Let us take a perfectly simple family dinner: First course, soup; second course, roast and (two) or (three) vegetables; third course, salad or dessert; fourth course, coffee; and begin to train her in this way:

See that the canton flannel undercloth is perfectly smooth on the table.

Over this place the tablecloth with the crease going exactly down the middle.

Make sure that whatever glass, silver, china, knives, etc., is to be used on the table is bright.

Put a dinner plate for each person at even distances apart from one another.

To the right of each plate place as many knives as you need with their sharp edges turned toward the plate, then next to them the soup spoon with the hollow part of the bowl of the spoon turned up.

Put the napkin at the right of the soup spoon, folded over neatly once, as it would take up too much room square, and lay on it exactly in the middle a piece of bread cut about three inches long by one and a half thick and two inches wide, or else a roll.

Place a tumbler at the point of the knives.

At the left of each plate lay as many forks as are needed for the meal, with their prongs turned upward and placed in the order in which they are to be used, the fork for the first course being on the outside and farthest from the plate.

Exactly in the center of the table put your plant.

Place a salt cellar and a pepper pot in each corner of an imaginary square of which the plant is the center.

Arrange the side-table—or sideboard, if you have no side-table—with everything extra on it that will be needed during the meal, so that you will never have to open a drawer while you are serving it.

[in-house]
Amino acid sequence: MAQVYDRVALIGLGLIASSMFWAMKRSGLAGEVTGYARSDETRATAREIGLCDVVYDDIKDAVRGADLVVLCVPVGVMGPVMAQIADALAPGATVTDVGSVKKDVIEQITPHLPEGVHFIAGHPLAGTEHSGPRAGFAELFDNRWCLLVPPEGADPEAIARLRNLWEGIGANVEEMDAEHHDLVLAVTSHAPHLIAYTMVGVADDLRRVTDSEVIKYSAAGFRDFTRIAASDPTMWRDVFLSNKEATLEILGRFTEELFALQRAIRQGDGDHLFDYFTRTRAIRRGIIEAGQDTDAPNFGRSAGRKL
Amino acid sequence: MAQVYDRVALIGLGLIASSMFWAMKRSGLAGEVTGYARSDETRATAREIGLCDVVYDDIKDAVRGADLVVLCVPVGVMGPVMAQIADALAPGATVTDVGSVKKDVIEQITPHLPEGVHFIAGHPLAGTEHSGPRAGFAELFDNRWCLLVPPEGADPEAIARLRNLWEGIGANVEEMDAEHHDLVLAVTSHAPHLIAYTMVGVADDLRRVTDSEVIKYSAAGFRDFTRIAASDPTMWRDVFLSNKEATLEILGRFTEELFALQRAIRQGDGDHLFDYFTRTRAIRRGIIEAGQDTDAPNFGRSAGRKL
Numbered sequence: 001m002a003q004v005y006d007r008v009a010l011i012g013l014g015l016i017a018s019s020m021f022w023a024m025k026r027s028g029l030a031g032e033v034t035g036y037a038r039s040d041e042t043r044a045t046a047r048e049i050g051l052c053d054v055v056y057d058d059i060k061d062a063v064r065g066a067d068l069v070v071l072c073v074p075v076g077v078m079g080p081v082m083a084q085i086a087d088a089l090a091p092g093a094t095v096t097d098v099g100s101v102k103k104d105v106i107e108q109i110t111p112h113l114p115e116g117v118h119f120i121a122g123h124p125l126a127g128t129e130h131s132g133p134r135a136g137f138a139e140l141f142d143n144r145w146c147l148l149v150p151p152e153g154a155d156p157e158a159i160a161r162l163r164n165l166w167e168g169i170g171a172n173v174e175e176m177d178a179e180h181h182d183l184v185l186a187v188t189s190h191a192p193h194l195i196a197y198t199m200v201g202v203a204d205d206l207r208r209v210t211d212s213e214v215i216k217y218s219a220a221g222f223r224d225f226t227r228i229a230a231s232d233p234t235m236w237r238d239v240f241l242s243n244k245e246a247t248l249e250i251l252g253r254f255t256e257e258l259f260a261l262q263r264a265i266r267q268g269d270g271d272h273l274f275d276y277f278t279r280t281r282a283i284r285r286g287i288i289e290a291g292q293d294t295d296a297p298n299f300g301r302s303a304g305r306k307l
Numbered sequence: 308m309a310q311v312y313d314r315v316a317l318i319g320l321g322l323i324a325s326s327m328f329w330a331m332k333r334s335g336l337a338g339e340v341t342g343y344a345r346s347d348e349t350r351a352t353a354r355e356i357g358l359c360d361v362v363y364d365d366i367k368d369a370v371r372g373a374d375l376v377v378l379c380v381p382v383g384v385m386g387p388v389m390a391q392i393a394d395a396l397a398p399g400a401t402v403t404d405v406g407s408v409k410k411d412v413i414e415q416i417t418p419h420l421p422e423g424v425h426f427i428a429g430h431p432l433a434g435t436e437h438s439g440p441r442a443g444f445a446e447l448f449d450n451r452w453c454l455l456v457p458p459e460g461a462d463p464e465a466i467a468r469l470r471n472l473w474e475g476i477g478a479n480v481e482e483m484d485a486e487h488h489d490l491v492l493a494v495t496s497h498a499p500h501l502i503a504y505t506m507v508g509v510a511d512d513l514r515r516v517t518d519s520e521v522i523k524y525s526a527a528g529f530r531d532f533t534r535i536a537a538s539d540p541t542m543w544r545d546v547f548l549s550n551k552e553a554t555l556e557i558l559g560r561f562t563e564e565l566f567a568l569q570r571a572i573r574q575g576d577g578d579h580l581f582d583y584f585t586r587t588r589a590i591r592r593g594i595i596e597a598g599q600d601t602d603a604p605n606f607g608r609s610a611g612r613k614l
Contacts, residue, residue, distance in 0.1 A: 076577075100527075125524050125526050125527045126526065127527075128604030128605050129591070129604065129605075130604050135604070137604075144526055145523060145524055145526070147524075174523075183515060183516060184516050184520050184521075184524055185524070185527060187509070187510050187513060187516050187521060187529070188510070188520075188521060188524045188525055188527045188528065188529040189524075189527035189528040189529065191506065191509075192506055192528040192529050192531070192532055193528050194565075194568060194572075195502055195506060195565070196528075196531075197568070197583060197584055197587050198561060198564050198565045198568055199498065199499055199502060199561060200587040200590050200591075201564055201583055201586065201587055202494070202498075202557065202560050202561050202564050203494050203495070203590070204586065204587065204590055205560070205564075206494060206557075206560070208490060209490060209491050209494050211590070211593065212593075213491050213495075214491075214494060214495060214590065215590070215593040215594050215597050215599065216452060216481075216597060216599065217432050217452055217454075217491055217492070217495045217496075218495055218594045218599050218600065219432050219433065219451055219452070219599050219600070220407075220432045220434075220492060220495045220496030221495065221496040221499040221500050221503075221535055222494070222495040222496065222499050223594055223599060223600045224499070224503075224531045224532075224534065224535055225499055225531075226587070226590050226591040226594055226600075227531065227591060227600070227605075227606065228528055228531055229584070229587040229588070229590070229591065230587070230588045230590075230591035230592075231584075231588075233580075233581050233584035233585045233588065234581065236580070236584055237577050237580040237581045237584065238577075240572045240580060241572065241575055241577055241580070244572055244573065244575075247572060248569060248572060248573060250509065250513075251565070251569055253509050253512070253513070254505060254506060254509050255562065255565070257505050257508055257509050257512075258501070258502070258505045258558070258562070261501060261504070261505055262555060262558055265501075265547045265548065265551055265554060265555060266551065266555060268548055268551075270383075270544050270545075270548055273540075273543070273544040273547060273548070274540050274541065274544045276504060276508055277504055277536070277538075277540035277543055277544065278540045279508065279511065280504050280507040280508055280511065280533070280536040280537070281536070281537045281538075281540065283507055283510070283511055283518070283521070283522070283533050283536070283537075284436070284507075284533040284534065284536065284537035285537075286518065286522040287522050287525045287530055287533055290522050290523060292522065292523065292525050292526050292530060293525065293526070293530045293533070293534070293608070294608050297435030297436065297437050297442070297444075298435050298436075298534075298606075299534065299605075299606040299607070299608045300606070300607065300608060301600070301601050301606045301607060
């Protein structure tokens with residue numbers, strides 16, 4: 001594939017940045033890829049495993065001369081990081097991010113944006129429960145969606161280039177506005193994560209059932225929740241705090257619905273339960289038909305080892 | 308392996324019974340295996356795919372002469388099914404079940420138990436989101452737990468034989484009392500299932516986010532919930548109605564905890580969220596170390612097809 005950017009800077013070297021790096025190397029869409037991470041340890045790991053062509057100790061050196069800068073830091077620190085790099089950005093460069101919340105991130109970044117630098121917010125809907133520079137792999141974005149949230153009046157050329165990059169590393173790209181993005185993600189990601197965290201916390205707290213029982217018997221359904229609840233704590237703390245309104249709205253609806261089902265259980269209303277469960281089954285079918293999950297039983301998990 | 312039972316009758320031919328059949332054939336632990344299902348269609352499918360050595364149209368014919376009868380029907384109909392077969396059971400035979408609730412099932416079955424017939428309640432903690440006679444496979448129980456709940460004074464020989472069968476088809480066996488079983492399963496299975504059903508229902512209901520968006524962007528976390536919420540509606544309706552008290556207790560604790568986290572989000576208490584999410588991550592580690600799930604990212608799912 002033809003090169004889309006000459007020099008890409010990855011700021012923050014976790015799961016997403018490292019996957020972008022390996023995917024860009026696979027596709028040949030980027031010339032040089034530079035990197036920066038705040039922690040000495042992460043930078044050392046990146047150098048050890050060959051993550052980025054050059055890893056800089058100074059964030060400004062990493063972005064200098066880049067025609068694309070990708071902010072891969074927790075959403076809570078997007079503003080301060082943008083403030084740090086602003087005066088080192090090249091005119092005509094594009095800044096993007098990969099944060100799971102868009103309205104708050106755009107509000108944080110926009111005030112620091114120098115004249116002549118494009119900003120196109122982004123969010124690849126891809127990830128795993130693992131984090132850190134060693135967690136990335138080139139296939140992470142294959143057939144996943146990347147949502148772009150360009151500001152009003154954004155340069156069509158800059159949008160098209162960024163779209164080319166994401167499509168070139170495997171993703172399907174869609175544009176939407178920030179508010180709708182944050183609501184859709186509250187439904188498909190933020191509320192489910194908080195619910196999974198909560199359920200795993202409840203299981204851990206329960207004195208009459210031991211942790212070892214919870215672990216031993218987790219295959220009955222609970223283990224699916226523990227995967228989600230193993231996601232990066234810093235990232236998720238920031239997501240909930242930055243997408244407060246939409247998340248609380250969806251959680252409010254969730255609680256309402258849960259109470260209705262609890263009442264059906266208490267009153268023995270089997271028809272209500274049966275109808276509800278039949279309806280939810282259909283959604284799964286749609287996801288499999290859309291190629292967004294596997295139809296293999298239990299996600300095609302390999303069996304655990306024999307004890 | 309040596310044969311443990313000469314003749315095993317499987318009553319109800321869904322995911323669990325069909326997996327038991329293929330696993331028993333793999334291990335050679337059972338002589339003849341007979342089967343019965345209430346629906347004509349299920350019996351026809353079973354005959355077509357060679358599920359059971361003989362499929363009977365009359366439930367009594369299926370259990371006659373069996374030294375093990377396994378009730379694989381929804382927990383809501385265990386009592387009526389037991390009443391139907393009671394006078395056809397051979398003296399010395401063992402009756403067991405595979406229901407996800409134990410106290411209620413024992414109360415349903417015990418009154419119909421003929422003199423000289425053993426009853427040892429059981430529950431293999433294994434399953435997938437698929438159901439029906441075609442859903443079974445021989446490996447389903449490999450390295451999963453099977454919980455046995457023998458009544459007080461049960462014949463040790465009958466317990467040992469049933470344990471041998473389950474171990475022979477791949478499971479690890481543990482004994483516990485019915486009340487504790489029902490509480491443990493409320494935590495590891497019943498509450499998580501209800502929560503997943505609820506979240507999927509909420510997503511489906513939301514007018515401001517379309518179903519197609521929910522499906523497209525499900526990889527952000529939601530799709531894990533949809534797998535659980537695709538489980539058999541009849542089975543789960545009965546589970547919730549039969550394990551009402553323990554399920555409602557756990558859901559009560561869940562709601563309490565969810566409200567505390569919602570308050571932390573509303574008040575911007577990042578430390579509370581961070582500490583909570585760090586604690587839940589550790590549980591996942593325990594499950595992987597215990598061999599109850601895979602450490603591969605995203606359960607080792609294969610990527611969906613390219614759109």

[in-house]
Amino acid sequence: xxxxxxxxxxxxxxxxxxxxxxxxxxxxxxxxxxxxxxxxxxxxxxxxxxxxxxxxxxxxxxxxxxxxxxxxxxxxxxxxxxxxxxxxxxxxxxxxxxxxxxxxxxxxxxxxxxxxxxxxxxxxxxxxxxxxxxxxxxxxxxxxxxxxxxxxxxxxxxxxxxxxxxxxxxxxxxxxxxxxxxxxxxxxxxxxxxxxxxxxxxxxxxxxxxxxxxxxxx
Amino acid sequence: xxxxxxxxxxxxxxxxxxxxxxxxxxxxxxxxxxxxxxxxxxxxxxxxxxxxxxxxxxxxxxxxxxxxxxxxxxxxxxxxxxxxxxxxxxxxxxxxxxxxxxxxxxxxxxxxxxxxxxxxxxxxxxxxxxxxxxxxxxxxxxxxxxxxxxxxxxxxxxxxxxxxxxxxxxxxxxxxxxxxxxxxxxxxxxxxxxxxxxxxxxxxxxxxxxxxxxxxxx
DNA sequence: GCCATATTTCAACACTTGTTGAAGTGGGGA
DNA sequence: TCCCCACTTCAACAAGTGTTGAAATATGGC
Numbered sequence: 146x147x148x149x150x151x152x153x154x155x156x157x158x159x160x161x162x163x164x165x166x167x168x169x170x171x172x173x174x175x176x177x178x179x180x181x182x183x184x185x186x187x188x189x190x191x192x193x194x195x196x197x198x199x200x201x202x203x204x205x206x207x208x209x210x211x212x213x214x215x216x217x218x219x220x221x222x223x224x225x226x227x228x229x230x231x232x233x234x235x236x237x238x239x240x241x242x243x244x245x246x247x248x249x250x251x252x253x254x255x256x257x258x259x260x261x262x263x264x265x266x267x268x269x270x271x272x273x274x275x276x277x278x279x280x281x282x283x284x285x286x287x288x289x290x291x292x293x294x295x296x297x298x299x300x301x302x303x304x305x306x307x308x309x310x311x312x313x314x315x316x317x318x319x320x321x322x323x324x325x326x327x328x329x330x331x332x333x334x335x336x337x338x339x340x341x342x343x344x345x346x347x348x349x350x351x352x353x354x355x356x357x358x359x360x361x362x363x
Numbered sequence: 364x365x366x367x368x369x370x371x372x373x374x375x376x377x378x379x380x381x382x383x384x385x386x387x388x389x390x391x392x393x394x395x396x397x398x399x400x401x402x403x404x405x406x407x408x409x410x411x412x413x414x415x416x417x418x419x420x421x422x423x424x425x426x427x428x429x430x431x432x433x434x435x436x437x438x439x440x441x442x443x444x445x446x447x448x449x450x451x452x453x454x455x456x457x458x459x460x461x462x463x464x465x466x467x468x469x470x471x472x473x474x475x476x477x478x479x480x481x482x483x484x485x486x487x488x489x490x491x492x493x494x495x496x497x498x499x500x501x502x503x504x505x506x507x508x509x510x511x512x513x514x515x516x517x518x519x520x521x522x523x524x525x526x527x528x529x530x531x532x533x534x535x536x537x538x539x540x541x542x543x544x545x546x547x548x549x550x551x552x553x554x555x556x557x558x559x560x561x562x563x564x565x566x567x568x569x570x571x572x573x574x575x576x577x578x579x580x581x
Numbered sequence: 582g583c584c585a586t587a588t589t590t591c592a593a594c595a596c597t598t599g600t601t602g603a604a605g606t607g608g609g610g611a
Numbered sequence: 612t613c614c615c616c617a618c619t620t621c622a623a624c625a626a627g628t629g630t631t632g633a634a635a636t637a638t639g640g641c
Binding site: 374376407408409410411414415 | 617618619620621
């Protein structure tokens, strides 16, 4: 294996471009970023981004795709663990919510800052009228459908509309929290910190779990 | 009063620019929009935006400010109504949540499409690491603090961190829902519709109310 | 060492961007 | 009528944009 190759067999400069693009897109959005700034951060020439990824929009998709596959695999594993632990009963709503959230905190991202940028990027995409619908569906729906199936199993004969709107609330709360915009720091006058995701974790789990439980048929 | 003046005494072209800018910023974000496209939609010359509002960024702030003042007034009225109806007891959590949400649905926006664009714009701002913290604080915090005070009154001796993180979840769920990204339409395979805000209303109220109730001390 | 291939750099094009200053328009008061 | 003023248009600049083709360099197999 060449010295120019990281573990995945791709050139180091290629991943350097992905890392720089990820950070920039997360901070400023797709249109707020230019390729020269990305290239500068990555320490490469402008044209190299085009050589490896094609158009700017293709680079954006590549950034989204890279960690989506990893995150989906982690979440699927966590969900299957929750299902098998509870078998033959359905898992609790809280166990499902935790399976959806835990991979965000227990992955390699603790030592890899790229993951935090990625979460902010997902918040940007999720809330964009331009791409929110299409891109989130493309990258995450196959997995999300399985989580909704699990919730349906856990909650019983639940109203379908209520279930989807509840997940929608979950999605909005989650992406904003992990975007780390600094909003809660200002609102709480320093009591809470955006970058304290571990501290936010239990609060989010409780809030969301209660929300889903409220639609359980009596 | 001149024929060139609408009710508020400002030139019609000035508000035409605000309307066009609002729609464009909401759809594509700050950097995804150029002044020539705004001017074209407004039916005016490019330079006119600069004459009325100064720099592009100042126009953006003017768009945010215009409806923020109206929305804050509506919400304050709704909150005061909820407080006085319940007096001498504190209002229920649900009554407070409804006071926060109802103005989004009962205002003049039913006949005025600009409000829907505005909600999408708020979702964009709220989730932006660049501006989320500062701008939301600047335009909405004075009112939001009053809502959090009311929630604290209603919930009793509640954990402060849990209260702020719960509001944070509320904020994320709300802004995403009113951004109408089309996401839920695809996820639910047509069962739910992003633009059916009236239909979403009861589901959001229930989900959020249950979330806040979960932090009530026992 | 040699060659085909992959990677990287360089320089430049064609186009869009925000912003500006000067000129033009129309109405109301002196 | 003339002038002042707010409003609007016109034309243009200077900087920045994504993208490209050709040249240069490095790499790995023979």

Put on this table, in nice order, so that it will look attractive, the dessert plates, on each of which is a finger bowl with a doily under it; also any cold plates such as salad plates, if they are to be used, and any extra forks, spoons, sauce ladles, etc., that will be required.

Fill the finger bowls a third full of water and place a fork and a spoon on the doily, one on one side, the other on the other, of the finger bowl.

Have also on the side-table a plate of bread, the pieces all cut the same size as those already on the dining-table.

Set a pitcher of iced water in a convenient place in pantry or dining-room.

Arrange a tray with the after-dinner coffee-cups on it and the bowl of lump sugar and sugar tongs in the center. Put an after-dinner coffee spoon on each saucer. Have this in pantry.

(The only spoon that is ever put with the forks and knives by the plates on the table is the soup spoon. Teaspoons for grapefruit, for bouillon, tea, coffee, etc., are always put on the plate or saucer on which these foods and drinks are served.)

When the dining- and side-tables are set and the first course ready to come into the dining-room, fill the tumblers with iced water.

Go into the pantry and pour each soup plate half full of soup.